Maguire was replaced by Seibold within days of the Souths board sacking him in September 2017. After being named coached of the year in his debut season, Seibold then spurned a lucrative offer to stay at Souths, instead signing a five-year deal with Brisbane.
“Some people can plant stories and snidely suggest certain things about myself,” he continued. “I’ve spoken to Michael Maguire since he was released from the Rabbitohs. He called me on the day of my first game as head coach. I haven’t spoken to him recently, but I hate that a story has been planted by someone who wants to see me hurt.”
Wayne Bennett, the wily mastercoach, has subtly toyed with the young coach’s mind via the media since the pair swapped jobs in December last year. There is no suggestion whatsoever, from Seibold or this column, that Bennett has played dirty pool.
“I’d be lying if I said I wasn’t surprised by the mind games,” Seibold said. “As an assistant coach, all you do is coach. When you become a head coach, you’re like the players’ dad. Last year, for whatever reason, a lot of things seemed to go my way. This year, it’s been more challenging.
“Mind games get played. I’m not paranoid about it. But that’s the toxic part of our game. It doesn’t interest me at all. It works for some people. It’s against my personality to do that. I’m not going to be someone I’m not.”
Seibold isn’t entirely sure where things currently sit with Maguire, whose Tigers meet the Panthers on day two of the Magic Round before the Broncos take on Manly in the second game.
It’s ridiculous to speculate if this has been a success or not after eight games.
There’s every chance the pair will cross paths in the bowels of Suncorp Stadium.
It’s another significant game for Dearden because it’s first before a heaving home crowd.
Seibold tells a nice story about how he phoned the teenager to tell him he’d be playing against Souths.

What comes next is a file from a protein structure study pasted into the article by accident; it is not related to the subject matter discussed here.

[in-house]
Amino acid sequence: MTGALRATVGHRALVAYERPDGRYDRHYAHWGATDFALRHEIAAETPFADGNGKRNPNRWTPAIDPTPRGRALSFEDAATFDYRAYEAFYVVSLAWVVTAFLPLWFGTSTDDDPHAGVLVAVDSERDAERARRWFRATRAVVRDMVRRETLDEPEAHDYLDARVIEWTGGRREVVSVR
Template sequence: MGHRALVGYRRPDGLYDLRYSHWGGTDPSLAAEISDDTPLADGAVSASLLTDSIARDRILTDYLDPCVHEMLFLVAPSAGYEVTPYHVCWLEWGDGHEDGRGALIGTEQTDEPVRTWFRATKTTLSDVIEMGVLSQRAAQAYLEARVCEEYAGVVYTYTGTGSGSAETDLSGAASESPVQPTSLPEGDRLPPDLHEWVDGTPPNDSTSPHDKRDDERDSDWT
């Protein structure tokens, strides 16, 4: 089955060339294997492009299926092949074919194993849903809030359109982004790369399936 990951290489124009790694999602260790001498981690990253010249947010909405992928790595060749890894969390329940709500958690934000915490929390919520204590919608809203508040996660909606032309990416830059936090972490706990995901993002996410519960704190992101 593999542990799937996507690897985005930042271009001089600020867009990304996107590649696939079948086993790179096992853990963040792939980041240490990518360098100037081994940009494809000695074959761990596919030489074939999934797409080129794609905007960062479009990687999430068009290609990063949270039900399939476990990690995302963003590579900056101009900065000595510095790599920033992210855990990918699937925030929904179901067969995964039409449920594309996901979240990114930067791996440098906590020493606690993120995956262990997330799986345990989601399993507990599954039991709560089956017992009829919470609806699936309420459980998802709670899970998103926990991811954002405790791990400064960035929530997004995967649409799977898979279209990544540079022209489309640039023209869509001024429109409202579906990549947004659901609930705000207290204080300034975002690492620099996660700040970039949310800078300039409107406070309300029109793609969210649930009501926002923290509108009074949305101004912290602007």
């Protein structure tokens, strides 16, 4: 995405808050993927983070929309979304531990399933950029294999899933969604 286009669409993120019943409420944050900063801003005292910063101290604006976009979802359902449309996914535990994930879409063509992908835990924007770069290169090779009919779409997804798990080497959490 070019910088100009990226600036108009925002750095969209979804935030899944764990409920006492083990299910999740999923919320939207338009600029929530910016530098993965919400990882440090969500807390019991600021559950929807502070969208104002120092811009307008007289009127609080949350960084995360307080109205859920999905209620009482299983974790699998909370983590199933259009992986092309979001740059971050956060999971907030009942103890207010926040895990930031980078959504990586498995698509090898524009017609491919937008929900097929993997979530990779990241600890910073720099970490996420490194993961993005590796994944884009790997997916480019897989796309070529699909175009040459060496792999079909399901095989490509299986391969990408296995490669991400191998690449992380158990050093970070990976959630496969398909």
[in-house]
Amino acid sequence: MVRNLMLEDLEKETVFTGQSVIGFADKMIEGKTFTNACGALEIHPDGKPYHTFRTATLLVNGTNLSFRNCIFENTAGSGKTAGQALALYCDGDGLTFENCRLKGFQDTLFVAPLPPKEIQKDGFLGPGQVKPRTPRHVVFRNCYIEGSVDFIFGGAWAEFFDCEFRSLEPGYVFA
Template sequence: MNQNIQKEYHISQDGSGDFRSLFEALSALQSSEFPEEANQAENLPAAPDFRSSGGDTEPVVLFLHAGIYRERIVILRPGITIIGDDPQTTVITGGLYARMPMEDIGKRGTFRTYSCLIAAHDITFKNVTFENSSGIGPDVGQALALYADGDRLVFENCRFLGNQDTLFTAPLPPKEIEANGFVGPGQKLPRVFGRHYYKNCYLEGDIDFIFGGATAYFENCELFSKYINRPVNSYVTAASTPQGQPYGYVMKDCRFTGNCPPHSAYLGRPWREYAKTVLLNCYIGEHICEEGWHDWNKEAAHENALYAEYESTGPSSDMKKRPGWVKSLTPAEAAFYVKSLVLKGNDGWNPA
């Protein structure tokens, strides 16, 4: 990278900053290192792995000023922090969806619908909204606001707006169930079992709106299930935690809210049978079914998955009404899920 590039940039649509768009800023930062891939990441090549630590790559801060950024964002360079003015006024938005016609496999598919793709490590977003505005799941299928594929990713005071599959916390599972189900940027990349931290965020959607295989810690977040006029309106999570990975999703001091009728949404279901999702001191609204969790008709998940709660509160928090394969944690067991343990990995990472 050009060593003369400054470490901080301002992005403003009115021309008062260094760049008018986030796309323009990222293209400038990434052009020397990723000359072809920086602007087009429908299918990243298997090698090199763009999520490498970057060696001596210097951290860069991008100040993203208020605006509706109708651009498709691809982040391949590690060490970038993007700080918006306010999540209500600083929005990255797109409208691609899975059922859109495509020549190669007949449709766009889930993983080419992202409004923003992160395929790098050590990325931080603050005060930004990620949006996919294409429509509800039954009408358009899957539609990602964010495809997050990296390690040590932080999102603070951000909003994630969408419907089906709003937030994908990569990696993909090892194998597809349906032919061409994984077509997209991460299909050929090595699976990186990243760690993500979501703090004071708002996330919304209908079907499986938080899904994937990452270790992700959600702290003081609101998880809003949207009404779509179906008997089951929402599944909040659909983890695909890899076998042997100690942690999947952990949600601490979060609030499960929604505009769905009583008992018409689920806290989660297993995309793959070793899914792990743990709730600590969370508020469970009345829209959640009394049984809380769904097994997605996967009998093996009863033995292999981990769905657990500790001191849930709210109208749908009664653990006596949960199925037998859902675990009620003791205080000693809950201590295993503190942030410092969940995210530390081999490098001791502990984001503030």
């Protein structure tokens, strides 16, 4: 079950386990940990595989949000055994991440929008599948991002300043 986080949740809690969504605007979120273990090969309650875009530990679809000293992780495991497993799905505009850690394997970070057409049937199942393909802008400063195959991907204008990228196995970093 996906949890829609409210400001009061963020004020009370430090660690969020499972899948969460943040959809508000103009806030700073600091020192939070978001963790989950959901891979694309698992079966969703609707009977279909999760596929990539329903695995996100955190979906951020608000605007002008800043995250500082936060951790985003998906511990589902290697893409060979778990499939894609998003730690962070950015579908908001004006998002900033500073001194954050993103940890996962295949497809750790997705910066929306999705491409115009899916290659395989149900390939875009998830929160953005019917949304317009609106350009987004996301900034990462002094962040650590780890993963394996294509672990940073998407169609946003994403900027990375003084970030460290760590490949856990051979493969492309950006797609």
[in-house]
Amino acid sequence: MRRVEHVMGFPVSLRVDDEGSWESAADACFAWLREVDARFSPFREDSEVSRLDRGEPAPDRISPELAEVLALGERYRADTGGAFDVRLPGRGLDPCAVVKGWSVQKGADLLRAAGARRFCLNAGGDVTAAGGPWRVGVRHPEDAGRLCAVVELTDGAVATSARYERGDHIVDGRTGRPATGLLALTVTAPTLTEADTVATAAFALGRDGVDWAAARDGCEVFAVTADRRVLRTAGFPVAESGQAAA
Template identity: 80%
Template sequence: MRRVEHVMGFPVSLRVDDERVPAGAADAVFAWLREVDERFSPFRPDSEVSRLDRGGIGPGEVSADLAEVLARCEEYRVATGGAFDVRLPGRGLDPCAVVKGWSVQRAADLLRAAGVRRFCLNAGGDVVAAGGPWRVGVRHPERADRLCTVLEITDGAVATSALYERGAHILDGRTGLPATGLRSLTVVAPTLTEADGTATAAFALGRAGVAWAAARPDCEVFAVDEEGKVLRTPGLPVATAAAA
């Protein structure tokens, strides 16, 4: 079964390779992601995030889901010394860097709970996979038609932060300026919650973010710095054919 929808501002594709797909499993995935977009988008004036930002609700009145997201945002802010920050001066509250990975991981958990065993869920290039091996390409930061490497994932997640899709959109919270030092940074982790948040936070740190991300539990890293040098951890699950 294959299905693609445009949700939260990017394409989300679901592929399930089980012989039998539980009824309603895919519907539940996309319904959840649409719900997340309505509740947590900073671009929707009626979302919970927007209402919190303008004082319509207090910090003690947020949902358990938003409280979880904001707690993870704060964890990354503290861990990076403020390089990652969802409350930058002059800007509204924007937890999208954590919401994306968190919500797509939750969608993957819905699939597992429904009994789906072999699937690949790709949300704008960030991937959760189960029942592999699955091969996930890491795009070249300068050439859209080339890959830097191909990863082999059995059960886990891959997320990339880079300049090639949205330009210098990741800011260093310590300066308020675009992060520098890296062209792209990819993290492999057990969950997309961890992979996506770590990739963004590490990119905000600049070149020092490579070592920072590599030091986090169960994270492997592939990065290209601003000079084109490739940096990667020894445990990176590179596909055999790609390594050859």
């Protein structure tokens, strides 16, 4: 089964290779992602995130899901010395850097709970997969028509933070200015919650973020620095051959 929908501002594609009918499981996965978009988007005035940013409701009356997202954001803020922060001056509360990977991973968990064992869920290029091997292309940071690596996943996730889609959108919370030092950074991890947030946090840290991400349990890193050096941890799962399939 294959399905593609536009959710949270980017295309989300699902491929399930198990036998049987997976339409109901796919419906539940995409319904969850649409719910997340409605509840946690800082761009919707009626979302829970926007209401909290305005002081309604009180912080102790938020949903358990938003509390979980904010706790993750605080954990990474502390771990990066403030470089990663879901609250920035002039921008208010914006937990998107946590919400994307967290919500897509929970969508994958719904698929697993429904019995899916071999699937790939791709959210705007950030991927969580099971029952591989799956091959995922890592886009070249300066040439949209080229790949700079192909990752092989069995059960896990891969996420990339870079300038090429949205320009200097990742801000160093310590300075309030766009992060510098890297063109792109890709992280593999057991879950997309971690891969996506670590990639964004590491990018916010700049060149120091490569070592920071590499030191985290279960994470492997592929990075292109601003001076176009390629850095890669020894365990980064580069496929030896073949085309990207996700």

“Where are you?” Seibold asked.
“Downstairs,” the kid replied.
Dearden was on a day off but about to take a bag of footballs out onto the training paddock to hone his skills on his own.
“He was quite emotional when I told him,” Seibold said. “He was supposed to be playing in an under-18s game at 10.15 on a Sunday morning five weeks ago before he got called into the Queensland Cup side the day of the game. Five weeks later he was playing under the bright lights of last week against Souths. It’s a pretty big and surreal ride.”
Same could be said of the coach.
“The club’s invested in me long-term and I’ve invested in them long-term,” Seibold said. “Success doesn’t come in a straight line. It’s ridiculous to speculate if this has been a success or not after eight games. I’ve got another hundred odd games before the contract finishes and then an option in my favour. The club trusts me to do the job.”
Can magic round pull a GF out of the hat?
I can exclusively reveal people are flooding into Brisneyland for the inaugural Magic Round with gusto. There’s a potpourri of various team colours everywhere you look.
What chance, then, of the NRL bringing a bloody grand final here at some stage?
The NSW government is adamant the big dance must stay in Sydney for the next 25 years after promising to build shiny new stadiums, mostly for the NRL.
But, as we pointed out last week, the NRL is already thinking about taking the game to Brisbane if a reconfigured ANZ Stadium isn’t ready to host the 2021 decider.
Over to you, NRL chief executive Todd Greenberg: “We’ve got a MOU with [the NSW] government that has details of the stadium, the designs, the infrastructure, the spend and also the delivery. If there’s a change in that, that changes the MOU. We’re being told by government that we’ve got nothing to worry about because they will deliver what they’ve promised. But every delay you see holds them up so there might be another discussion.”
Mentalist as anything